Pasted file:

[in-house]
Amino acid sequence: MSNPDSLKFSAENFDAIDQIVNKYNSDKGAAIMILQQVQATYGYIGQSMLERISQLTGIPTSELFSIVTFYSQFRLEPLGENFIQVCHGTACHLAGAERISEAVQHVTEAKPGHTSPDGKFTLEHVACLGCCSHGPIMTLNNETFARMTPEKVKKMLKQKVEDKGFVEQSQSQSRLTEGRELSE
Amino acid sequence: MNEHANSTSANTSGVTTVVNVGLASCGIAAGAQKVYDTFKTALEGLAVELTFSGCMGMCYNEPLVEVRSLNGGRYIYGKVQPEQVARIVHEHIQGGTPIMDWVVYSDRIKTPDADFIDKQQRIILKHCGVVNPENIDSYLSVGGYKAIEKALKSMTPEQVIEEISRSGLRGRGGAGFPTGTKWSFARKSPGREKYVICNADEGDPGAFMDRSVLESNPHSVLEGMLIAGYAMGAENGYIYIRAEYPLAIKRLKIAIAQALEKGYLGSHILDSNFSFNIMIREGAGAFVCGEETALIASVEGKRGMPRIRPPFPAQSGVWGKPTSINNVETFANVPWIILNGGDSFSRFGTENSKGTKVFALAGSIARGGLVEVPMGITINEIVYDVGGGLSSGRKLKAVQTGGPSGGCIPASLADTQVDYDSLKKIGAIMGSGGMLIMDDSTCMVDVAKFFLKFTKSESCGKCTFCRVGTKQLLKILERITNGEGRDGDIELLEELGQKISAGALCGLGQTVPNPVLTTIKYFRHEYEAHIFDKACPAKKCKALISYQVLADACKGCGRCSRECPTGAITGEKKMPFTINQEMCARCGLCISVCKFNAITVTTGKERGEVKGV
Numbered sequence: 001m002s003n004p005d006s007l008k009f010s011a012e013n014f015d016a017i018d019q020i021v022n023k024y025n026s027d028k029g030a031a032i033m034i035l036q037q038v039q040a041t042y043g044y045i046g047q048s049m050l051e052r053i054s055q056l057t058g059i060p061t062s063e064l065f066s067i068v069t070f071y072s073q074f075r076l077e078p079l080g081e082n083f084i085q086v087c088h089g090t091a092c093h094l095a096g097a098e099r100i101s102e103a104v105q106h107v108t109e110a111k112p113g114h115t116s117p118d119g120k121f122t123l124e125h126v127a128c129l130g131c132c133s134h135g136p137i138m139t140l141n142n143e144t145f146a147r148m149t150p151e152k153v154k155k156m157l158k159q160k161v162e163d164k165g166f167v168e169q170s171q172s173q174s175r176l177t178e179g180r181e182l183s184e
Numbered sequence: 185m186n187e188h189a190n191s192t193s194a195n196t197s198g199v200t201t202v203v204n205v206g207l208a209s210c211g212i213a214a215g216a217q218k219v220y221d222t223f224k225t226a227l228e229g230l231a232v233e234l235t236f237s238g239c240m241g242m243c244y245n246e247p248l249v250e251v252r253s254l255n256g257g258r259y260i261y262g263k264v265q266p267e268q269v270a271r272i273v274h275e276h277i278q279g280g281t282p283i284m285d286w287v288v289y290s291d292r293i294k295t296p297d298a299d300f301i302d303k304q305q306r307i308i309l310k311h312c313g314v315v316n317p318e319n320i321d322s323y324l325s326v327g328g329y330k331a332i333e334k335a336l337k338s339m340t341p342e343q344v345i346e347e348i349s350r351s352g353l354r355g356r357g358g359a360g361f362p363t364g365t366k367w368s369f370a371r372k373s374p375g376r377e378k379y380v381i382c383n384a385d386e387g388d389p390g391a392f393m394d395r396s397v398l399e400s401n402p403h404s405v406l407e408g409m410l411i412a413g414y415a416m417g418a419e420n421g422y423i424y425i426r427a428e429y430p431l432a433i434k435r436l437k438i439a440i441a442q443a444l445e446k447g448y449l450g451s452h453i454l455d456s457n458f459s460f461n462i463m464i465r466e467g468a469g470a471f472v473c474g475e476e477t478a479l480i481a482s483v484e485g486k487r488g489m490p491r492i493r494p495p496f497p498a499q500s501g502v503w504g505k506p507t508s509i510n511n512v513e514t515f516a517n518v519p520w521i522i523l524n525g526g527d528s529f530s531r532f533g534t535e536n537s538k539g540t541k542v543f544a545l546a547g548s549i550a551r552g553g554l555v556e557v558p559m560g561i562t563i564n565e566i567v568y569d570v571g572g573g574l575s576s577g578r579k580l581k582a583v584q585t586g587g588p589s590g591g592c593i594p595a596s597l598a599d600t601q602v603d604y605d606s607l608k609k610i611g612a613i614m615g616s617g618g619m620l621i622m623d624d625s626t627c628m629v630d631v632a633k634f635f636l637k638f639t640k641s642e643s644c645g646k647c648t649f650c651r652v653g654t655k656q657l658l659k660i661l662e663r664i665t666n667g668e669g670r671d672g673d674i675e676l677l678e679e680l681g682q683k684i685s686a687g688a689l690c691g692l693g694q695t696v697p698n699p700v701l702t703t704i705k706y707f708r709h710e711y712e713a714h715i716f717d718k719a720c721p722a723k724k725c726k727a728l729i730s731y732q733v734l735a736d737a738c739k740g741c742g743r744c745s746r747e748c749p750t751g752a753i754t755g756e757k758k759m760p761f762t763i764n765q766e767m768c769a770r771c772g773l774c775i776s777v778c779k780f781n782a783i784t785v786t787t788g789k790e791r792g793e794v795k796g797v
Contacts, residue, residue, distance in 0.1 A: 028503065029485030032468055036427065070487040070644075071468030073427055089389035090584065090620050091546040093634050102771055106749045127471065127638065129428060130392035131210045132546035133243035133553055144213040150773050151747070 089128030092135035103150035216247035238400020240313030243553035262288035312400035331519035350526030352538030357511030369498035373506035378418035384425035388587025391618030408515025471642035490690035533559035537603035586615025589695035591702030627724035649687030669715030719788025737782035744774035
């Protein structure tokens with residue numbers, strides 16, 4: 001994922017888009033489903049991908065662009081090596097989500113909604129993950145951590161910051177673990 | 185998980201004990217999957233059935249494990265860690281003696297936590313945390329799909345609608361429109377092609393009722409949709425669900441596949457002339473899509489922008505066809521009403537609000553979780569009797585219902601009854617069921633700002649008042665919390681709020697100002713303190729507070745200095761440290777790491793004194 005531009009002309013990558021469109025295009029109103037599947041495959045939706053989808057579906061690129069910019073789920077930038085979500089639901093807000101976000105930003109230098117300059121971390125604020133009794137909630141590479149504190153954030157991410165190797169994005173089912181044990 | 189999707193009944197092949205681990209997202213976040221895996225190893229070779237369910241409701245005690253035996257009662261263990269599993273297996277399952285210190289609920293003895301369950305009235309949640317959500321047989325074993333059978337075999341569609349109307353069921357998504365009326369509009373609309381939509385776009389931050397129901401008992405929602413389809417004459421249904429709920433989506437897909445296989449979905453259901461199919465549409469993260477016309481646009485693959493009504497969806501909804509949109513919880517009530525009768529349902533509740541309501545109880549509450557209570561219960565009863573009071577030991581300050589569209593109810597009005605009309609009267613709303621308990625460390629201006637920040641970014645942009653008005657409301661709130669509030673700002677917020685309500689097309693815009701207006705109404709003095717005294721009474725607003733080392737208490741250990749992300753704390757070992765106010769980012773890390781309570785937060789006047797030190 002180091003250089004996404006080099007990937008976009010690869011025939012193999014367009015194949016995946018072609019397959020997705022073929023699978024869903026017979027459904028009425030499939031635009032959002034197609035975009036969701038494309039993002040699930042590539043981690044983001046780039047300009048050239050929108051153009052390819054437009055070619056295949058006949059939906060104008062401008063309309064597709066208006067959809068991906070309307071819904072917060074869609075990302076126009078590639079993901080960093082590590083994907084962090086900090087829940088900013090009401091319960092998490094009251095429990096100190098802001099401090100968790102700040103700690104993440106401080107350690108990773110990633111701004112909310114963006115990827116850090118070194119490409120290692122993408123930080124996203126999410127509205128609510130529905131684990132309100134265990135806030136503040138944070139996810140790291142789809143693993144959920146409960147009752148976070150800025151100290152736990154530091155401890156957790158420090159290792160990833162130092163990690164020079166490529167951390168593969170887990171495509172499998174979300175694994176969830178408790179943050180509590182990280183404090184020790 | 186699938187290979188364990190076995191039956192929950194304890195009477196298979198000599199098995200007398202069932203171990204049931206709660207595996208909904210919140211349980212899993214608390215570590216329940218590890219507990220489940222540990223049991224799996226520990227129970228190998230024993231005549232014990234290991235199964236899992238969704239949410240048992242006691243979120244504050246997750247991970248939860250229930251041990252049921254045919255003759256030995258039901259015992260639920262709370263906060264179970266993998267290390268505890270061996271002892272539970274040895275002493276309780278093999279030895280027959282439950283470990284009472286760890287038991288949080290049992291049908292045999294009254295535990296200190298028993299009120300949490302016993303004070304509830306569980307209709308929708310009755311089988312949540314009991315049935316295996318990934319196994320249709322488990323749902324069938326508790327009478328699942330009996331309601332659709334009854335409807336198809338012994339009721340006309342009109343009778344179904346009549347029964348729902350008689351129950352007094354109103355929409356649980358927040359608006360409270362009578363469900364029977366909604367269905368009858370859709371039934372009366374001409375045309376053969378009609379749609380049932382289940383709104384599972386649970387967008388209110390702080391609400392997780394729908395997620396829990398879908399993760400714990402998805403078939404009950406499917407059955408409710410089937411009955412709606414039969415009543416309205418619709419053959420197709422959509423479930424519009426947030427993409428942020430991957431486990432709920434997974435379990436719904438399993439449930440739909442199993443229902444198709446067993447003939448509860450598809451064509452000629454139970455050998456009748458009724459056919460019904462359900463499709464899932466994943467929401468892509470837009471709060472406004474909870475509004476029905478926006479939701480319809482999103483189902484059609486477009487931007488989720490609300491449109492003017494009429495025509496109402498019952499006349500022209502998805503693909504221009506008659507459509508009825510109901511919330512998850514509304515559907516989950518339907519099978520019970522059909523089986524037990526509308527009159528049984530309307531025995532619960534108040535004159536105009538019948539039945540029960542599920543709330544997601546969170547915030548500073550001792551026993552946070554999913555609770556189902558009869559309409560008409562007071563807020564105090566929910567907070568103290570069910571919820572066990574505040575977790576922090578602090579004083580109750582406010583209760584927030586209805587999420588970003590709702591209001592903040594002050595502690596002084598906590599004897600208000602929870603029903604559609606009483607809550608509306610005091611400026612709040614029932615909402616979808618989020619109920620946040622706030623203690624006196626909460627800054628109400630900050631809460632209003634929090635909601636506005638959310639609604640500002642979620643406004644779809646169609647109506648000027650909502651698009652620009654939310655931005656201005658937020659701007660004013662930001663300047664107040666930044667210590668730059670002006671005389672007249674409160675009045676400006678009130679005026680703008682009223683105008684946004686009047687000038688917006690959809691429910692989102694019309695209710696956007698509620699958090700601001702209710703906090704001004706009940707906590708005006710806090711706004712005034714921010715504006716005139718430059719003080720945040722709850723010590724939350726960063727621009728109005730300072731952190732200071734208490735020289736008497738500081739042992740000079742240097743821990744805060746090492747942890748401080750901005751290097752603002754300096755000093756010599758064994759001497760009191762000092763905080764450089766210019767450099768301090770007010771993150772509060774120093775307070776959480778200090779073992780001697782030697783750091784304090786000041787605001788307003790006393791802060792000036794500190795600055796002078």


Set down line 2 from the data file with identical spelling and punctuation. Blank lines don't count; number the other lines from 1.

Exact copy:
Amino acid sequence: MSNPDSLKFSAENFDAIDQIVNKYNSDKGAAIMILQQVQATYGYIGQSMLERISQLTGIPTSELFSIVTFYSQFRLEPLGENFIQVCHGTACHLAGAERISEAVQHVTEAKPGHTSPDGKFTLEHVACLGCCSHGPIMTLNNETFARMTPEKVKKMLKQKVEDKGFVEQSQSQSRLTEGRELSE